M arrived shortly thereafter, looking positively radiant and a touch frantic. I don't think I've seen her at rest since the late-January "holiday" party our company threw, and even then she had to run out to class before it wrapped. None of that now; classes were over for good, and her only mission for today was to have fun and ensure that others did the same.

She had set up her prototype and the bound thesis in the main party room. After having proofread the pages so many times, I was able to walk curious viewers through the thesis and the philosophy behind the project without even cracking the text. Reviewing it in hardbound form, however, and seeing the model there, drove home for all those gathered just how much work she had exerted in this class. And this was for just one of three she did in the spring semester, and after delaying some of the thesis work when construction of the prototype was delayed!

By the time we were seated for dinner, our fourth designer from the old company had arrived. She faces some unique challenges in her job hunt, the most prominent being her early-60s age. Despite her incredible diversity of experience across the graphic-arts world, employers still freak over age, sub rosa in most cases, as such discrimination is illegal. The career-counseling service cautioned us on ways to circumvent this tendency via our resume entries and responses in interviews, so I hope she got the same message I did when she undertook the program. M had seated us with her thesis advisor, a tenured professor at the design school, with the thought that she might be of service to us in the job hunt. My fellow designer was able to ask some questions about Web design and getting attention for the jewelry she manufactures via a decent Web site. Both of us were generous in our praise of her student, M, and told her she had been an excellent manager, the likes of which we might not see again.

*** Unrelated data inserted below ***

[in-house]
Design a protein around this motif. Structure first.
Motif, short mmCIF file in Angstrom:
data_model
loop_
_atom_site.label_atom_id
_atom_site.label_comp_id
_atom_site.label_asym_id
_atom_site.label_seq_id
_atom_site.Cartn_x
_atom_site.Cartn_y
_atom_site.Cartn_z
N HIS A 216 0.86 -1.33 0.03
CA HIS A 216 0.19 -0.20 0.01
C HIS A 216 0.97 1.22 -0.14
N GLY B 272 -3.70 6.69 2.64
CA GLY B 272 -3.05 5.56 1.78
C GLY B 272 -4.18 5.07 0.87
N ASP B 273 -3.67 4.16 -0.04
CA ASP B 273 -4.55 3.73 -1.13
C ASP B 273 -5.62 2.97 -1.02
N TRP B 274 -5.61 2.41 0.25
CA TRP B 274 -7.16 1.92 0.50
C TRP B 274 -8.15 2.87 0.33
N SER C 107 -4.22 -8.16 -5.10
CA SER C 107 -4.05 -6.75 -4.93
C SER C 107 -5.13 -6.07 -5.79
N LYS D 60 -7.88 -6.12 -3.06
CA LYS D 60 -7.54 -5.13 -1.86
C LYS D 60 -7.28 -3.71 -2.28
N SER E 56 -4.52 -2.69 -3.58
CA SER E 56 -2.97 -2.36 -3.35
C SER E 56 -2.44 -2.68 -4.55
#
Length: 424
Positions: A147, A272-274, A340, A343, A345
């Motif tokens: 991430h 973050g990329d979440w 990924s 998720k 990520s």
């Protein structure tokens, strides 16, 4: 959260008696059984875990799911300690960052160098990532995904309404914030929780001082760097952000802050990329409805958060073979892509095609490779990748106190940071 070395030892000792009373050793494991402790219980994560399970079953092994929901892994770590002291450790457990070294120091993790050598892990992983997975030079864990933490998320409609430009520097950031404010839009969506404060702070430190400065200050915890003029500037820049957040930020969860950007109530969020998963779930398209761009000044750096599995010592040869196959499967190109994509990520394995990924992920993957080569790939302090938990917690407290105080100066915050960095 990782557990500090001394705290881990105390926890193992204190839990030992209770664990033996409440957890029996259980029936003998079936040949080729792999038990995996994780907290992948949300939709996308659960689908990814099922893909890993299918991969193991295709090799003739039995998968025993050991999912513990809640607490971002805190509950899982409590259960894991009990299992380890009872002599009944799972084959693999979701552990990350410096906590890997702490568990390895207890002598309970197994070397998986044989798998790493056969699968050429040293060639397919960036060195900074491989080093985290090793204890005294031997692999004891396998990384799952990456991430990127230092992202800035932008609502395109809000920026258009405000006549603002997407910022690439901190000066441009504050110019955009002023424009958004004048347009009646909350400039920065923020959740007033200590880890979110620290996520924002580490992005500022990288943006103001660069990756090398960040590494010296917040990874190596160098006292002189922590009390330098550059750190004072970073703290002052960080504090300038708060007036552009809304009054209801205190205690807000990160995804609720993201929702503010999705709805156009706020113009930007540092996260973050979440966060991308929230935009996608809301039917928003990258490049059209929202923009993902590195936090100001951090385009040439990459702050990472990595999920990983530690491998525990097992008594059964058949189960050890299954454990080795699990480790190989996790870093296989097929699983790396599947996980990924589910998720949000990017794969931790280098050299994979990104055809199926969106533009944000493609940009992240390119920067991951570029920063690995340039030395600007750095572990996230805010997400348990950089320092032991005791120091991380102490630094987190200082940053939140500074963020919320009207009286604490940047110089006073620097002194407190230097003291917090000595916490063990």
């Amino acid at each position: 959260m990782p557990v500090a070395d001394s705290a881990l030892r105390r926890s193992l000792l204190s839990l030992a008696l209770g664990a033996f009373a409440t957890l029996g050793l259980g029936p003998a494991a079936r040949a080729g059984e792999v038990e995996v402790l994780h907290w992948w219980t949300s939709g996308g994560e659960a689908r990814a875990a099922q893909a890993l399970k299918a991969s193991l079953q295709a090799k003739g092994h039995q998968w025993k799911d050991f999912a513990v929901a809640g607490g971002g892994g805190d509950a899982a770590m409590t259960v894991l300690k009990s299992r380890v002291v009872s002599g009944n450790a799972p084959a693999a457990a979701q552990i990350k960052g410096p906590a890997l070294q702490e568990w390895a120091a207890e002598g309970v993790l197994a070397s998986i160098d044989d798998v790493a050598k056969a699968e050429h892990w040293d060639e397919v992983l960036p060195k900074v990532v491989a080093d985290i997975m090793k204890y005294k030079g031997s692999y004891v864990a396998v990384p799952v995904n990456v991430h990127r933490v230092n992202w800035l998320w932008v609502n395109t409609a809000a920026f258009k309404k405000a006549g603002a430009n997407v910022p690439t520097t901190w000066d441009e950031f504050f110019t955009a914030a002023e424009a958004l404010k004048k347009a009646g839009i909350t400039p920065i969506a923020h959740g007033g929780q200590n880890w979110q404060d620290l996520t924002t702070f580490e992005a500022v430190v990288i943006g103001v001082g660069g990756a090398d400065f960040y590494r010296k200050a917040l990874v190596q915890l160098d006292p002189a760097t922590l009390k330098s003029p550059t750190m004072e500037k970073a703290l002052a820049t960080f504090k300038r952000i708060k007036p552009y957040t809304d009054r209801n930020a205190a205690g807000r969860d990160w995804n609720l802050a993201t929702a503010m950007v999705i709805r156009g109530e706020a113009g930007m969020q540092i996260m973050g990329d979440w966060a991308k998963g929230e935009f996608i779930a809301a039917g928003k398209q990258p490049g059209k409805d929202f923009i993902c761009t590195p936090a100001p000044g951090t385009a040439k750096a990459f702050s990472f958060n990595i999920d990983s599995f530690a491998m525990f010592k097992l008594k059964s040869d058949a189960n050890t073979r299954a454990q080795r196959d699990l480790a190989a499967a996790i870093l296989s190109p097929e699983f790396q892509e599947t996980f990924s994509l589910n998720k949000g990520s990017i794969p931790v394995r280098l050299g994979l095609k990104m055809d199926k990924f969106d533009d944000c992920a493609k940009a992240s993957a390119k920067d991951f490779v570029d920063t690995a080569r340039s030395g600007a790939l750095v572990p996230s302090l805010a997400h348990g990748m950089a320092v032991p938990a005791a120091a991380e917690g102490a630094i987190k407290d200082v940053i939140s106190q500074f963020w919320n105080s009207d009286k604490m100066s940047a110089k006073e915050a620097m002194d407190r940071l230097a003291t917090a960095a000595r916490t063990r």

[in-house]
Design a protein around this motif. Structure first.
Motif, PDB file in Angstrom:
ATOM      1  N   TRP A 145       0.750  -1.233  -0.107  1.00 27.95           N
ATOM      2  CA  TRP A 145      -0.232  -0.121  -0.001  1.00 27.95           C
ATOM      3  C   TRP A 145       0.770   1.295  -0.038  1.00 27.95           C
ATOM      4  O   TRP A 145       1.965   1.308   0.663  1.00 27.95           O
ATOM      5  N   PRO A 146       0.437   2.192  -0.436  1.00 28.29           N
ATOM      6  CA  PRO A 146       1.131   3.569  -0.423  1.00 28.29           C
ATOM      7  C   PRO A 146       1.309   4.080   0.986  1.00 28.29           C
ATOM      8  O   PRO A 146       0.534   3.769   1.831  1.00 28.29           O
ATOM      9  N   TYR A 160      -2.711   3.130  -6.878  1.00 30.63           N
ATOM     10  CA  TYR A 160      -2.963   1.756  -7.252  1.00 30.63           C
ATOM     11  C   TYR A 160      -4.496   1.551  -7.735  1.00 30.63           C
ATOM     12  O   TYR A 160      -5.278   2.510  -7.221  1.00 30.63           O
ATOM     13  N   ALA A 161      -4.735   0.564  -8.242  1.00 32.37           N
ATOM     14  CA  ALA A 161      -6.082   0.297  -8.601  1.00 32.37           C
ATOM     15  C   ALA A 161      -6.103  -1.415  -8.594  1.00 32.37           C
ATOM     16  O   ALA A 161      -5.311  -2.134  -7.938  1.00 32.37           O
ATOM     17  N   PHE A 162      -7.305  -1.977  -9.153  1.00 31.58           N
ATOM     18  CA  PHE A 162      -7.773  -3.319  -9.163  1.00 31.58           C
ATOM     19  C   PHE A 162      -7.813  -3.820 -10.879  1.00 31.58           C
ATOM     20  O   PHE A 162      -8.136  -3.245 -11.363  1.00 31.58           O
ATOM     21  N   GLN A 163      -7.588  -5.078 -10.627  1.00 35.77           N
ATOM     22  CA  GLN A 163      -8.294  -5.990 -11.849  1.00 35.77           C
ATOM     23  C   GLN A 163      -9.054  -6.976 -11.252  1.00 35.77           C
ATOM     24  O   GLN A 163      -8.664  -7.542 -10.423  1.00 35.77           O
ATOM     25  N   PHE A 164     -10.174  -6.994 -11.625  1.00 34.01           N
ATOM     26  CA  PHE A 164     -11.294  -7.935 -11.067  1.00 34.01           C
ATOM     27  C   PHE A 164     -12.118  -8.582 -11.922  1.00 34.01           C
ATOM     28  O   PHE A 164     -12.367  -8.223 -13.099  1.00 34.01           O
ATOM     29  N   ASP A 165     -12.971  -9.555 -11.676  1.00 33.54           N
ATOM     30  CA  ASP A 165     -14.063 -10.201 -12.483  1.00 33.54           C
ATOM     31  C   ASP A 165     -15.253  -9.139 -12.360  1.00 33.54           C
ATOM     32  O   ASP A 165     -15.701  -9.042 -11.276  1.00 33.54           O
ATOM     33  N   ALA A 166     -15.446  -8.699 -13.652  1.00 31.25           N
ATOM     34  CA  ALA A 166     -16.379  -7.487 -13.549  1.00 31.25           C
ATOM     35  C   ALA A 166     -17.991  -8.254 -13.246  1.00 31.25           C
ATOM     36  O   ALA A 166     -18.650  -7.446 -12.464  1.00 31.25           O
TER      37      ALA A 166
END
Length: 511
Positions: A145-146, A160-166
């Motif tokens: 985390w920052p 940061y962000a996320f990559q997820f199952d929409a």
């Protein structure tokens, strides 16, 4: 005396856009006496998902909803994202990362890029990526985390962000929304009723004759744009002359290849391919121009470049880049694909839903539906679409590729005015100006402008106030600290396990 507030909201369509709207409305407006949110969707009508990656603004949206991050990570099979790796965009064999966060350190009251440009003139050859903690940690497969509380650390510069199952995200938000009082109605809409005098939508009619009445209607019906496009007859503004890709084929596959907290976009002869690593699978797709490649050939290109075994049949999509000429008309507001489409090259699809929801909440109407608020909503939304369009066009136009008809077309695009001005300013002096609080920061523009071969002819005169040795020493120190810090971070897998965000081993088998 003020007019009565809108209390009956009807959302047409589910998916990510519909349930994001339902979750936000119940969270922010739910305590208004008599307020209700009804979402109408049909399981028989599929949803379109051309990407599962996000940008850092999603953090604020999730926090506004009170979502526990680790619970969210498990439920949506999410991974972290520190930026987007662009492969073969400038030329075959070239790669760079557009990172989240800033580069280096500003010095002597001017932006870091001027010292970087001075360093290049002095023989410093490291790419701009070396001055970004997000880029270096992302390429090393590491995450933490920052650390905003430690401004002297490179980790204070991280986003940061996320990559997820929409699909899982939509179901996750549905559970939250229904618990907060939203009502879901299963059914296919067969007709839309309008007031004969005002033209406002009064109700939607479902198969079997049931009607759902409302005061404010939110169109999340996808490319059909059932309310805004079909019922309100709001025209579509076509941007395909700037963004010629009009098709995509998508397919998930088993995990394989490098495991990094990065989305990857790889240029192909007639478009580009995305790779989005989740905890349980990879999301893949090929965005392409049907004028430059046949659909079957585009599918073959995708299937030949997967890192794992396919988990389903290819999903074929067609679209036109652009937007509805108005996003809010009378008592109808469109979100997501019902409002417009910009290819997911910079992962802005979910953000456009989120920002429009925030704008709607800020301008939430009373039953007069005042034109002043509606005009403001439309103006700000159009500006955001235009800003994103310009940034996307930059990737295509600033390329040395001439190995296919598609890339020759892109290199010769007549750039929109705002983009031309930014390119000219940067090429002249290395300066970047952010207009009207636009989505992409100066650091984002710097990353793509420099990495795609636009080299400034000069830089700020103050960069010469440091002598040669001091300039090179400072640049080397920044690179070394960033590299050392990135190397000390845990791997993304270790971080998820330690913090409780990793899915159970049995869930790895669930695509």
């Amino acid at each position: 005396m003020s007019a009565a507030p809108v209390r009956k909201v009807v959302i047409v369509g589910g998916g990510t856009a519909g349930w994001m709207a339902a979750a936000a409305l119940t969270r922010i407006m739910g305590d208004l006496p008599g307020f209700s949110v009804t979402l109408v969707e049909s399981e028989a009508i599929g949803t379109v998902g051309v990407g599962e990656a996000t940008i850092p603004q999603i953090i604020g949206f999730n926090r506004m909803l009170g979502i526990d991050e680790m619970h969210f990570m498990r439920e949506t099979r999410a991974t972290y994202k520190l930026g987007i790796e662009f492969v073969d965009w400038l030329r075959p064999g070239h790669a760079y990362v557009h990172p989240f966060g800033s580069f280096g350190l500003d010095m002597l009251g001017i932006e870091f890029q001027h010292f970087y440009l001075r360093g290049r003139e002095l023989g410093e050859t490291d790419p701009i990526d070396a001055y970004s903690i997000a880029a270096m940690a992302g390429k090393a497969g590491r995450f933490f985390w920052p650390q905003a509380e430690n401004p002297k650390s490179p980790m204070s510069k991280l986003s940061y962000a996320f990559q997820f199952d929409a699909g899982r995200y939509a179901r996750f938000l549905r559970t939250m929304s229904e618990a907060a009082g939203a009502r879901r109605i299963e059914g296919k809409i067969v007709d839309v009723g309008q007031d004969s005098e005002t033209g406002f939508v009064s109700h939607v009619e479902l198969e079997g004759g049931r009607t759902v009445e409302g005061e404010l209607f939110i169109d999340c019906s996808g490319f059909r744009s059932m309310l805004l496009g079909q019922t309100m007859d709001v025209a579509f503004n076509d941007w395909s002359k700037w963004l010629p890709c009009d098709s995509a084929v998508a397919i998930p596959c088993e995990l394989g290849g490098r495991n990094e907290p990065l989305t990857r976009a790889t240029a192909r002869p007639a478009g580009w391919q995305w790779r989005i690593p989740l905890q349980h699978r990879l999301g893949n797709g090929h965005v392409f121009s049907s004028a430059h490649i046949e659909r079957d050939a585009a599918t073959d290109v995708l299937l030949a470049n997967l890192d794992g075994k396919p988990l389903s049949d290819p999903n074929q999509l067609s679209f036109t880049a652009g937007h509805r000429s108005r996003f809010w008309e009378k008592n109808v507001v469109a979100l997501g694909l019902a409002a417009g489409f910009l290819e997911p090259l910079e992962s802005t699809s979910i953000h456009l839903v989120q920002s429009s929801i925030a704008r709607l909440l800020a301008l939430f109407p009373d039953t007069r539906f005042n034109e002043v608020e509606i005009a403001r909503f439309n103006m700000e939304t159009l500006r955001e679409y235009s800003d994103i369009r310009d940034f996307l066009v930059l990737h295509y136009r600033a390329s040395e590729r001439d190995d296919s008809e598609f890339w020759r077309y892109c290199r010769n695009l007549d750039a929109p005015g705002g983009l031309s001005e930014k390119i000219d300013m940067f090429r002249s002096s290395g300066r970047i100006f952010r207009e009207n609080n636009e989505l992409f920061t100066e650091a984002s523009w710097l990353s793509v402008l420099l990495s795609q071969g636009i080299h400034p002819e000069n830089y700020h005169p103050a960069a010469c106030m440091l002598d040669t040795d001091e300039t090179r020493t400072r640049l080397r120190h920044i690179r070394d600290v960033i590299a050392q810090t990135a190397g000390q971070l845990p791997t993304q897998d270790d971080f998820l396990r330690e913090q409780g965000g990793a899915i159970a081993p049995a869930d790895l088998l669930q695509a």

Dinner was quite excellent, especially a seafood sampler we received as an opening course. I can't cook seafood here because I have no ventilation, so this was a rare treat. M took the floor after the main course to thank everyone who came out, as well as those who had helped her in her graduate studies and on the thesis project. I was pleasantly surprised to be thanked first for my help in editing and proofreading the thesis text. That was a tremendous honor and I was gratified to be credited and applauded. The most deserved applause of the evening, however, was for the tired yet happy graduate at the head of the room, both for her completing this academic journey and in announcing the engagement to the crowd.

With the sun gone over Queens, I made my goodbyes to M, her mom and fiancé, and our remaining coworker. I'm sure I'll see M sometime in the future, but when is a question. I do intend to keep in close touch with her, now that she's got her life back, and ready to get the career-counseling program in motion. For now, though, I am deeply proud of her achievement, and I look forward to seeing the ways she exercises her talent at whichever company is wise enough to hire her.

Friday, May 11, 2007

Playing Hooky at City Island

TUESDAY MORNING, I DROVE over to my parents' house for a trip to City Island in our ancestral homeland, the Bronx. We planned to visit Johnny's Reef Restaurant at the tip of the island, a long-time weekend escape for my family long before I was born. We try to get out there at least once per open season, which lasts from May to October, but last year we didn't get the opportunity. My mother was laid up for a few weeks after surgery after the joint opened, and by the latter part of the summer, I had managed to get very low on my available vacation days. Now, being jobless and therefore more free to take a day off, I mentioned to my parents a couple of weeks ago to keep an eye out for a day to make the trip.

We had chosen this Monday, but my mother didn't feel too hot when she woke up. This is another concern. I don't know how many more times we'll be able to make this trip together. For now things are well. With elderly parents, however, one tries to grab moments when one can, while everyone is healthy. Knowing this, I had told them to keep Tuesday open as a contingency, which turned out to be necessary.

We in the New York area have been graced with stellar weather for days. Tuesday was no different. We rolled across the Tappan Zee Bridge with a view clear down the Hudson to the Citibank Building and the ominous Goldman Sachs tower in Jersey City. The Palisades behind us were greening over in gorgeous spring fashion.